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‘Shameless, Uncreative, Dreadful’ Chinese Movies Vie to Be the Worst in Competition

Golden-Broom

China’s Answer to Hollywood’s ‘Razzies’

Lilian Lin reports: As China’s film industry has grown, so too has the number of lemons it’s produced.

According to the organizers of this year’s Golden Broom Awards – which asks the public to choose the country’s worst film – this year’s contest is taking place amid “the most shameless, uncreative, dreadful” time in China’s film history.

“Many film critics in this country are bribed by film producers and genuine voice is scarce. There should be an award to represent the audience’s voice.”

“Some online users are complaining to me that they can hardly choose the worst because all of the selected are terrible,” said Cheng Qingsong, who first launched the awards, China’s answer to Hollywood’s Razzies, six years ago. Online voting for the country’s worst movie of the year recently began, with the winner to be announced in the middle of next month.

Last year, the contest attracted more than a million votes, up from merely several thousand in 2009.

“The past few years have witnessed the largest number of lousy films in China’s history that care the least about originality.”

China’s film market has mushroomed, with box-office receipts rising 36% last year to a record 29.6 billion yuan ($4.77 billion), according to the country’s film regulator. Mr. Cheng, a screenwriter and editor-in-chief of an independent film magazine, said he hoped the awards could help spur better movies in the future. “Many film critics in this country are bribed by film producers and genuine voice is scarce,” he said. “There should be an award to represent the audience’s voice.”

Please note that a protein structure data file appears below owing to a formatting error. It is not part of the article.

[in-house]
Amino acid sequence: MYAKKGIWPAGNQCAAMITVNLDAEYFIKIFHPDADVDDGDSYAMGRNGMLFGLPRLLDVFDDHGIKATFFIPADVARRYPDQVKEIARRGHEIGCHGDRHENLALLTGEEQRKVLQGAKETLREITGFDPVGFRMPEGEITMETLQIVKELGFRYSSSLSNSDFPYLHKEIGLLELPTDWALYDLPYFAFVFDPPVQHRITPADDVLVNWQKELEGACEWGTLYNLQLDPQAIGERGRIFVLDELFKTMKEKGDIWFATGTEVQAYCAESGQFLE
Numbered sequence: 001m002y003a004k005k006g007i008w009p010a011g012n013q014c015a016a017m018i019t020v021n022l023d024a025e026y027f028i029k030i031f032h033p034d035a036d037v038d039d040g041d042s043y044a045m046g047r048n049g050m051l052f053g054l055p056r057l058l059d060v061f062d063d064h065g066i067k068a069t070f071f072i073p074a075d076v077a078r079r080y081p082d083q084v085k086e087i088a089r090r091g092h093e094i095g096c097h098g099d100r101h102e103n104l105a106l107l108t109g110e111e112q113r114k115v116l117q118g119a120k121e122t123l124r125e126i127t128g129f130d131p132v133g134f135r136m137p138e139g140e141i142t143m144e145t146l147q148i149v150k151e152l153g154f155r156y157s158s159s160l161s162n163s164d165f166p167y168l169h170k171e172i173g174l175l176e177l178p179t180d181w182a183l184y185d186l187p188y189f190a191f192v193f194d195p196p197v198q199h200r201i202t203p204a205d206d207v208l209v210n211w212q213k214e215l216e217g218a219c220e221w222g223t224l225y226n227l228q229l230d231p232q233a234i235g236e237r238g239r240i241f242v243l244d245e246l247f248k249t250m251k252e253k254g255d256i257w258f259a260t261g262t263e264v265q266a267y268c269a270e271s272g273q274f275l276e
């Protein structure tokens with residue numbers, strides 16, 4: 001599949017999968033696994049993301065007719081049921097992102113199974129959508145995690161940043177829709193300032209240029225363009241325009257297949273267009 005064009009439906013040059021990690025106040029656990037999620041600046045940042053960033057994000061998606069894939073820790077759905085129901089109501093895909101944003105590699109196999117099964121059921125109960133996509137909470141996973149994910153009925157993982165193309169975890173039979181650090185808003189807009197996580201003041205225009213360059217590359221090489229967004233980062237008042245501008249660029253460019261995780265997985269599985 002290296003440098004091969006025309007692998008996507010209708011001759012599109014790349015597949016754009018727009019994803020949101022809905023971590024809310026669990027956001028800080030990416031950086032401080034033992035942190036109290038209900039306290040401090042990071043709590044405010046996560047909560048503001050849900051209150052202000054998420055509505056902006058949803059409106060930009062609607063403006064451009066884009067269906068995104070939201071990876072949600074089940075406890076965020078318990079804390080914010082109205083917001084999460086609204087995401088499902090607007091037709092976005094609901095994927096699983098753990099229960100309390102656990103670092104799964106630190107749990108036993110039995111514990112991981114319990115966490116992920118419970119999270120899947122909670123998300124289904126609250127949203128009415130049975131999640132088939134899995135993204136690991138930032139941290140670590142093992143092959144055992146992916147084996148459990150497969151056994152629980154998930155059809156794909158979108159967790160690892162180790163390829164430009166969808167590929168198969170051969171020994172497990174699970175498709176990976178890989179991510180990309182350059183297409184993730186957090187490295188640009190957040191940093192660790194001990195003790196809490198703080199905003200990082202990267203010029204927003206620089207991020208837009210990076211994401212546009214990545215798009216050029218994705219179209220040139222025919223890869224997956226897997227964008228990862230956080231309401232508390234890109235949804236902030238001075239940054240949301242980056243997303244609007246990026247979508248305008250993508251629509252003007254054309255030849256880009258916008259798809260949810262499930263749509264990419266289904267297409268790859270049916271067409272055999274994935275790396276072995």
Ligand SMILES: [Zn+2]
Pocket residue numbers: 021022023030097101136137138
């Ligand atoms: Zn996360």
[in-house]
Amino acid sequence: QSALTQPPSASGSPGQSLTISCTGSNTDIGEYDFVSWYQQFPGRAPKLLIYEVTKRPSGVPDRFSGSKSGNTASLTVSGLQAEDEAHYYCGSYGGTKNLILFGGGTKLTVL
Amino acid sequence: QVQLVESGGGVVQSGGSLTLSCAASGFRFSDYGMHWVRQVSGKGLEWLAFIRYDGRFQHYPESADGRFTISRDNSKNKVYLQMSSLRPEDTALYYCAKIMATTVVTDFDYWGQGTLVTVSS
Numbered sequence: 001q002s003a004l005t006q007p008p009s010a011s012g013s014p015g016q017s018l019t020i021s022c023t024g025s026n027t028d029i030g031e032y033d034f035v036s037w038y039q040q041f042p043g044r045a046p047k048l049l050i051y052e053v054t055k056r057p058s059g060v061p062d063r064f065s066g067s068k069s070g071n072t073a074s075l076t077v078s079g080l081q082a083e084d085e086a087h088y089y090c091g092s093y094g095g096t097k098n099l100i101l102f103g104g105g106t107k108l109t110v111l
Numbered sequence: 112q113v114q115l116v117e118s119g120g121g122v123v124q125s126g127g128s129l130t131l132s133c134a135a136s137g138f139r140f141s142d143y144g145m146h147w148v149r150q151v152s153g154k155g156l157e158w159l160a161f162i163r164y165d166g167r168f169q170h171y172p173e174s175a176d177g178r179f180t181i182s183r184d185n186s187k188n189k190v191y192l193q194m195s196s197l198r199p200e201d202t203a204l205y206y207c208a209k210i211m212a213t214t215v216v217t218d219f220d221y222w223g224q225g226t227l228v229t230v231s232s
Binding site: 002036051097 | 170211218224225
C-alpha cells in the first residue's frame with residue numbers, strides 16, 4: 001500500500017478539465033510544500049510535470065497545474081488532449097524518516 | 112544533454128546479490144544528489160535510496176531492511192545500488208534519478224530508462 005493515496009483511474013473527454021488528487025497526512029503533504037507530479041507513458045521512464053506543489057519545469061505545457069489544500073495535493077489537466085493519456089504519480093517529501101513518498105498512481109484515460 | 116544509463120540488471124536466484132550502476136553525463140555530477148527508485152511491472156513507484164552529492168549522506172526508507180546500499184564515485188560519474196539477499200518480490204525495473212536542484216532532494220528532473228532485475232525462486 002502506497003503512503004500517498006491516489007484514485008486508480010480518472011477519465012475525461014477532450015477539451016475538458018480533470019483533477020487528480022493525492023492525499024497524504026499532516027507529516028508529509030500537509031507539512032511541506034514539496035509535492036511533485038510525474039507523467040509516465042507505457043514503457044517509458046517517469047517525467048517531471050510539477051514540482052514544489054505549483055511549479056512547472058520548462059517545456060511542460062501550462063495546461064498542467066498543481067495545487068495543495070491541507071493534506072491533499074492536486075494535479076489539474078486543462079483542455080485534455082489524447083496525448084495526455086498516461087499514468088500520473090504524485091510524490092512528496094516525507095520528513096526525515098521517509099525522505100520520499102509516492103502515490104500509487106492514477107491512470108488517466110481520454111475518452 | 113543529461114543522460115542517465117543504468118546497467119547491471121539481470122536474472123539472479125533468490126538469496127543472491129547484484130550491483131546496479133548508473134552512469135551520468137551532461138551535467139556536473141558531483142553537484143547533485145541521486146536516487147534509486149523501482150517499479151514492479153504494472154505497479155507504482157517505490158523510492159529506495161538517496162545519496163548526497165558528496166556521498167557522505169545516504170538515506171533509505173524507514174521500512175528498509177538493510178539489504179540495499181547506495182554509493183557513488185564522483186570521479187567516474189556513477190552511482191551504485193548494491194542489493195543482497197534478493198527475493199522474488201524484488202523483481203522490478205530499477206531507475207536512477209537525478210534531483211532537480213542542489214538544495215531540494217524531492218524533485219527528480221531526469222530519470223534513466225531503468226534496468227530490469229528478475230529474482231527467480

“The past few years have witnessed the largest number of lousy films in China’s history that care the least about originality,” he said, criticizing the country’s films as shallow, frequently “uncreative remakes of Hong Kong films.”

To accommodate such a rising number of bad films in recent years, Mr. Cheng and his fellow organizers have expanded the list of nominated films from 20 to 40 in 2012.

Still, he said he thinks the list could have been longer. “We realize that many other bad films are left out,” said Mr. Cheng. “But like any other awards, there are always talents that are overlooked.“

Contestants for the title of “most disappointing film” this year include…(read more)

China Real Time Report – WSJ

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